More than 20 killed as new Syria blasts mar truce
DAMASCUS—More than 20 people were killed on Monday in blasts targeting security buildings in the city of Idlib in northwest Syria, as an explosion was also reported in the capital, a monitoring group said.
The violence a day after the arrival of the chief of a United Nations monitoring mission was sure to put further strain on a UN-backed ceasefire that went into effect on April 12 but has failed to take hold fully.
Most of those killed in Idlib were members of the security forces, the Syrian Observatory for Human Rights said.
State television put the death toll at eight, among them civilians, and said scores of people were also wounded in the two blasts in Idlib’s Hananu Square, on Carlton Street.
The channel said “terrorists” were behind the attacks, a term it uses to refer to rebels seeking to overthrow the regime of President Bashar al-Assad.
It showed footage of bloodstains on the ground, and groups of angry people denouncing the violence and expressing support for Assad.
“Is this the freedom they want?” shouted one man, standing near a woman who was carrying a child with blood running down his forehead.
An apartment block appeared to be in ruins and cars nearby were flattened by the force of the explosion.
A powerful blast, probably a car bomb, was also reported near Damascus, the Britain-based Observatory added.
“A strong explosion shook the suburbs of Qudsiya and it appears it was a car bomb,” it said. “Initial reports indicate there are casualties.”
Overnight, a rocket-propelled grenade hit the Central Bank in the capital, state media reported, after a suicide car bombing in the heart of the city on Friday killed 11 people.
Anti-regime activists have accused the government of being behind the series of explosions, while the authorities say “terrorists” are responsible.
“We confirm that these tricks no longer fool anyone, especially given the fact that the regime has resorted to these escalations every time there is political movement at the Arab, regional or international level to find a political solution to the crisis in which the regime kills its people who are demanding freedom,” said a statement by the Local Coordination Committees, a local network of activists.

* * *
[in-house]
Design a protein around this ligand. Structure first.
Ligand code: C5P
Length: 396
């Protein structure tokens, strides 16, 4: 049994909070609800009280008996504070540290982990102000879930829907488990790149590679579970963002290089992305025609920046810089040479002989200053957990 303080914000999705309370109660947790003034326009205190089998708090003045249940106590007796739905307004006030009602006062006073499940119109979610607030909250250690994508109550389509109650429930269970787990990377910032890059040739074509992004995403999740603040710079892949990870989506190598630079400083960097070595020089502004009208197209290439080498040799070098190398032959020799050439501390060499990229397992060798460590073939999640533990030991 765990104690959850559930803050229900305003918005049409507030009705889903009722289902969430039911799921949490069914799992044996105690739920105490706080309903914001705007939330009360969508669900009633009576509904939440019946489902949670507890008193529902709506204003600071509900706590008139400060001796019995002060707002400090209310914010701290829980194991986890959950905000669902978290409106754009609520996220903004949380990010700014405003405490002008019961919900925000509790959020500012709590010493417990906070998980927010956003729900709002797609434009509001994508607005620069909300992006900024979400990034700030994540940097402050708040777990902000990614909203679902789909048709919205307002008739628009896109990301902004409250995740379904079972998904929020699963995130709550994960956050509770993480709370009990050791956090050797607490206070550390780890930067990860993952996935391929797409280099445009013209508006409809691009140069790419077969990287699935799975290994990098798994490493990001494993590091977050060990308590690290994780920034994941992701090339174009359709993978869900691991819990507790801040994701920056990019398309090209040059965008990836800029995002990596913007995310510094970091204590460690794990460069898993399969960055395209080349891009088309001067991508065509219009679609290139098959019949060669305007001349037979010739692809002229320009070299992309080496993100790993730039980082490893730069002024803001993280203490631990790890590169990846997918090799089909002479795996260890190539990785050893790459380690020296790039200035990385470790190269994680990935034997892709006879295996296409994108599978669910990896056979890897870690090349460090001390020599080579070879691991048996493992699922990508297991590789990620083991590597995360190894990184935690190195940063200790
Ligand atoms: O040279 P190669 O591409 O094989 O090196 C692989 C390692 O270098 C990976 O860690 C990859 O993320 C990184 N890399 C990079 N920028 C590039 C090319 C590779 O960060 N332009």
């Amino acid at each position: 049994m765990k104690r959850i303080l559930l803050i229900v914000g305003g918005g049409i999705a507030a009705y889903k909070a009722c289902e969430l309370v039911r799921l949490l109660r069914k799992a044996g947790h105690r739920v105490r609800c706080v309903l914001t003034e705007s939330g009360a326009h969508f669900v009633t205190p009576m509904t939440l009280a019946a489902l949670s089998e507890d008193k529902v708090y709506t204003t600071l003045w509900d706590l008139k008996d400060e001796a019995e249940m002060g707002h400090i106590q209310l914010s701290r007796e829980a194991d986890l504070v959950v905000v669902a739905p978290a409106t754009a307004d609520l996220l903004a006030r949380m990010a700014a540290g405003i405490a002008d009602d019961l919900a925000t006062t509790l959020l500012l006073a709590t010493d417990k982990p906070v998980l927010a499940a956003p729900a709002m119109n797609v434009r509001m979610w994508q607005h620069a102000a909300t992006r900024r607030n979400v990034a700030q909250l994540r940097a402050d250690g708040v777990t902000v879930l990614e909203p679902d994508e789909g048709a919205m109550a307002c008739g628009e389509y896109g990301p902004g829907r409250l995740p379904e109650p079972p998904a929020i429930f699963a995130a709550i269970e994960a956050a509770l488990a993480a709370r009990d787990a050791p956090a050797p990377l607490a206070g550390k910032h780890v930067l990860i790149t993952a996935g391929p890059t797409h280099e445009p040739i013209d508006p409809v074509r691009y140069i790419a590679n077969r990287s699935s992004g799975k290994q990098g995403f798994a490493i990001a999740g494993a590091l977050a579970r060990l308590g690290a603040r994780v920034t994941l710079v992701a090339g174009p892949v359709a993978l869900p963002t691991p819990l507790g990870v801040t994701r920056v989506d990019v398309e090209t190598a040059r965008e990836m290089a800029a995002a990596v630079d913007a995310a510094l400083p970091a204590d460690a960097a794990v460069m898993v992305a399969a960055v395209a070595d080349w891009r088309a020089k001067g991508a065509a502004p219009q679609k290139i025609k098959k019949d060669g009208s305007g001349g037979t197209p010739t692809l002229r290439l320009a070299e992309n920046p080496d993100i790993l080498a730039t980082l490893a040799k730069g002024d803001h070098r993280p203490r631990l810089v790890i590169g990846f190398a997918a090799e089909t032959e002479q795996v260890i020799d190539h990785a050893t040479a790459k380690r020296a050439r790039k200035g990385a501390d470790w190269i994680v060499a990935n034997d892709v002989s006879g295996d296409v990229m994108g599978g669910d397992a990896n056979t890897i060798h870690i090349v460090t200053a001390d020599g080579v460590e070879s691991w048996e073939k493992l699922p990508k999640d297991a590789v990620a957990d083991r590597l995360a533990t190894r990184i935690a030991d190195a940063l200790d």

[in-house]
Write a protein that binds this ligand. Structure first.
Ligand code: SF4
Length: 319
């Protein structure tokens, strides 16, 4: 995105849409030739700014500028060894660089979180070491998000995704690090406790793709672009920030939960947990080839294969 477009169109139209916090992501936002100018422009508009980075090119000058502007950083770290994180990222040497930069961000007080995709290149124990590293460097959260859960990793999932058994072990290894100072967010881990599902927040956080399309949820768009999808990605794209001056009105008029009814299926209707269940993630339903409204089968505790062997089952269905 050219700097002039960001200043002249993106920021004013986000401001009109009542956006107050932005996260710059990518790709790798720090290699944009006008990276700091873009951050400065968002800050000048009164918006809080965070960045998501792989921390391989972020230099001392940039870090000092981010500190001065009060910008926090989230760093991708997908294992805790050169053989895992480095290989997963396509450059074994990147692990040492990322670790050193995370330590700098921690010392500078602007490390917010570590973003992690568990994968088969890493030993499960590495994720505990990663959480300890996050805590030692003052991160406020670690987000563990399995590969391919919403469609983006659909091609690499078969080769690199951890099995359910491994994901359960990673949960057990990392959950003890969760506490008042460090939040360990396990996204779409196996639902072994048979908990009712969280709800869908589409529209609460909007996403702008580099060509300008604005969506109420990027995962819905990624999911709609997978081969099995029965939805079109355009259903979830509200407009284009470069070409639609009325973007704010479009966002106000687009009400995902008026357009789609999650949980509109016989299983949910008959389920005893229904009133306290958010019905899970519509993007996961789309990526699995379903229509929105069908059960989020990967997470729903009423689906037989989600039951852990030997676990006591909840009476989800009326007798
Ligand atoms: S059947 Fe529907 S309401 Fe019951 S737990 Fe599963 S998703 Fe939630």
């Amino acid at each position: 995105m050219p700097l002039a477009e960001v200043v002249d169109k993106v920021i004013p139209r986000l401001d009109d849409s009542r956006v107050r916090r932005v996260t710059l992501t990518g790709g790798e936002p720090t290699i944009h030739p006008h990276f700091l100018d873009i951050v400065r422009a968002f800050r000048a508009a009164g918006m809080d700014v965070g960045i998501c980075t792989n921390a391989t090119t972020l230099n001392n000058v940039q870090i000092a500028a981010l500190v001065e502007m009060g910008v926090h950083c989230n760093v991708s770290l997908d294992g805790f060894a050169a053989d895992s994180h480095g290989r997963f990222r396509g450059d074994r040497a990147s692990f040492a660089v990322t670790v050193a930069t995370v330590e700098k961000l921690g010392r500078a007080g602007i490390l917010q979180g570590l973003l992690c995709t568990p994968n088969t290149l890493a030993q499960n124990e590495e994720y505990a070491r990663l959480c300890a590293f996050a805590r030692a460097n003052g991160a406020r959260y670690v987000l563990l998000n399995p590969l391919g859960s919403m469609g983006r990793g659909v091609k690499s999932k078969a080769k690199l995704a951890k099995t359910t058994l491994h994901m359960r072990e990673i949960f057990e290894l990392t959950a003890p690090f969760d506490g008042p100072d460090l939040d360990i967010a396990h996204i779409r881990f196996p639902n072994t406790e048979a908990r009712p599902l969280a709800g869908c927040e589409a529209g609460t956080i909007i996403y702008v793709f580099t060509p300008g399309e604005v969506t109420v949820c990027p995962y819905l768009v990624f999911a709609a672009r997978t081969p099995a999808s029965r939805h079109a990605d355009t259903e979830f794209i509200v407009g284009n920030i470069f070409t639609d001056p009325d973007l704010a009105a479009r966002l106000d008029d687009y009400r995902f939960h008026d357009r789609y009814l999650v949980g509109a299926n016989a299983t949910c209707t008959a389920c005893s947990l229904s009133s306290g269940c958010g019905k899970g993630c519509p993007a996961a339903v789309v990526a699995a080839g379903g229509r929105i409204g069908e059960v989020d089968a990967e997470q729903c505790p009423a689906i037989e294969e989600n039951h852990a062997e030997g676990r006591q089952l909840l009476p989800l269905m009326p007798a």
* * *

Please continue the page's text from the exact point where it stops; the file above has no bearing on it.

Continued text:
Veteran peacekeeper Major General Robert Mood urged all sides to abide by the ceasefire as he arrived in Damascus on Sunday to take command of the UN military observer mission overseeing the truce.
The peace plan brokered by UN-Arab League envoy Kofi Annan calls for a commitment to stop all armed violence, a daily two-hour humanitarian ceasefire, media access to all areas affected by the fighting, an inclusive Syrian-led political process, a right to demonstrate and the release of detainees.
“To achieve the success of the Kofi Annan plan, I call on all sides to stop violence and help us continue the cessation of armed violence,” Mood told reporters.
“We will work for the full implementation of the six-point Annan plan, which the Syrian government agreed to.
“To achieve this, we now have 30 monitors on the ground, and in the coming days we will double this figure,” he said, adding that the number would “rapidly” increase to 300.
Mood, a 54-year-old Norwegian who negotiated the conditions for the deployment of the advance team, was head of the UN Truce Supervision Organization, which monitors Middle East truces, from 2009 until 2011.
He stressed the monitors need the cooperation of all parties to achieve their mission: “The observers can’t solve all problems in and of themselves….All sides must stop violence and give the process a chance.”
At least 70 people, among them 47 civilians, were killed nationwide at the weekend, monitors said.
A spokesman for the advance team of observers said they had set up base in major trouble spots, including Idlib, central Homs and Daraa in the south.
With daily bloodshed adding to the death toll since the ceasefire, Red Cross chief Jakob Kellenberger said Annan’s peace plan was “in danger.”
“I place great hope in the six-point plan of Kofi Annan, which includes the UN mission tasked with monitoring the ceasefire,” Kellenberger told Swiss weekly paper Der Sonntag.
“Unfortunately, I am also very aware that the plan is in danger.”
The United Nations estimates that more than 9,000 people have been killed since the revolt against Assad’s regime broke out in March last year.
The uprising started as a popular revolt but has since transformed into an insurgency.